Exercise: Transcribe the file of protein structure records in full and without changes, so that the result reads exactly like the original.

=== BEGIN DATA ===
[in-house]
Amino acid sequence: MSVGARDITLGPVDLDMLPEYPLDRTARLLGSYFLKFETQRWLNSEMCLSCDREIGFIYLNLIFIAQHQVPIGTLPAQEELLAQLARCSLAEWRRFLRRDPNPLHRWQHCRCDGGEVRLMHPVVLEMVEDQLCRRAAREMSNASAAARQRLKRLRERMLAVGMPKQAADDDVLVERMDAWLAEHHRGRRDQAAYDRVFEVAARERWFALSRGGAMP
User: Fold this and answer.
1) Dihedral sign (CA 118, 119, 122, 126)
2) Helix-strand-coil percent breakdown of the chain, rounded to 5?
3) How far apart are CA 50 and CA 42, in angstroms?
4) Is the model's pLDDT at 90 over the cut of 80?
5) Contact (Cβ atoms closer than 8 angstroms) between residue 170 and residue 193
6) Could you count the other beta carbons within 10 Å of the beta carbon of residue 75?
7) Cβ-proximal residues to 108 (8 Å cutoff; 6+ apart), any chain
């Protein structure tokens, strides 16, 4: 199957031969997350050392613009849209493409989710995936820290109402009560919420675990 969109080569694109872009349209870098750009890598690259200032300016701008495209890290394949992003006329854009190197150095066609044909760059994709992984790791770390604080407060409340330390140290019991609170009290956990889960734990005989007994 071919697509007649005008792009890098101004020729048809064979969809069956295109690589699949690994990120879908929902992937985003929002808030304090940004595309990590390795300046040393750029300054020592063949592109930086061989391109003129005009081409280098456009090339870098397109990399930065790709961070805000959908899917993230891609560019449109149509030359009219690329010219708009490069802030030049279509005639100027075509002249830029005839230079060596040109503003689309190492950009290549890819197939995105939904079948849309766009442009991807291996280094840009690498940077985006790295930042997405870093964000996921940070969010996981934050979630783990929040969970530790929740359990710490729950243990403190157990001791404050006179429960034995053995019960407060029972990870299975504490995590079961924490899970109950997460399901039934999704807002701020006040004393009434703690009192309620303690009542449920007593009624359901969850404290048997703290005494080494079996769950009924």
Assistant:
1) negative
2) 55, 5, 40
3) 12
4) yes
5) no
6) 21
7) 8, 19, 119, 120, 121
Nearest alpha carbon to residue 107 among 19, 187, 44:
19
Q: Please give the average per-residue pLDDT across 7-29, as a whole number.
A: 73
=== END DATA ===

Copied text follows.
[in-house]
Amino acid sequence: MSVGARDITLGPVDLDMLPEYPLDRTARLLGSYFLKFETQRWLNSEMCLSCDREIGFIYLNLIFIAQHQVPIGTLPAQEELLAQLARCSLAEWRRFLRRDPNPLHRWQHCRCDGGEVRLMHPVVLEMVEDQLCRRAAREMSNASAAARQRLKRLRERMLAVGMPKQAADDDVLVERMDAWLAEHHRGRRDQAAYDRVFEVAARERWFALSRGGAMP
User: Fold this and answer.
1) Dihedral sign (CA 118, 119, 122, 126)
2) Helix-strand-coil percent breakdown of the chain, rounded to 5?
3) How far apart are CA 50 and CA 42, in angstroms?
4) Is the model's pLDDT at 90 over the cut of 80?
5) Contact (Cβ atoms closer than 8 angstroms) between residue 170 and residue 193
6) Could you count the other beta carbons within 10 Å of the beta carbon of residue 75?
7) Cβ-proximal residues to 108 (8 Å cutoff; 6+ apart), any chain
């Protein structure tokens, strides 16, 4: 199957031969997350050392613009849209493409989710995936820290109402009560919420675990 969109080569694109872009349209870098750009890598690259200032300016701008495209890290394949992003006329854009190197150095066609044909760059994709992984790791770390604080407060409340330390140290019991609170009290956990889960734990005989007994 071919697509007649005008792009890098101004020729048809064979969809069956295109690589699949690994990120879908929902992937985003929002808030304090940004595309990590390795300046040393750029300054020592063949592109930086061989391109003129005009081409280098456009090339870098397109990399930065790709961070805000959908899917993230891609560019449109149509030359009219690329010219708009490069802030030049279509005639100027075509002249830029005839230079060596040109503003689309190492950009290549890819197939995105939904079948849309766009442009991807291996280094840009690498940077985006790295930042997405870093964000996921940070969010996981934050979630783990929040969970530790929740359990710490729950243990403190157990001791404050006179429960034995053995019960407060029972990870299975504490995590079961924490899970109950997460399901039934999704807002701020006040004393009434703690009192309620303690009542449920007593009624359901969850404290048997703290005494080494079996769950009924």
Assistant:
1) negative
2) 55, 5, 40
3) 12
4) yes
5) no
6) 21
7) 8, 19, 119, 120, 121
Nearest alpha carbon to residue 107 among 19, 187, 44:
19
Q: Please give the average per-residue pLDDT across 7-29, as a whole number.
A: 73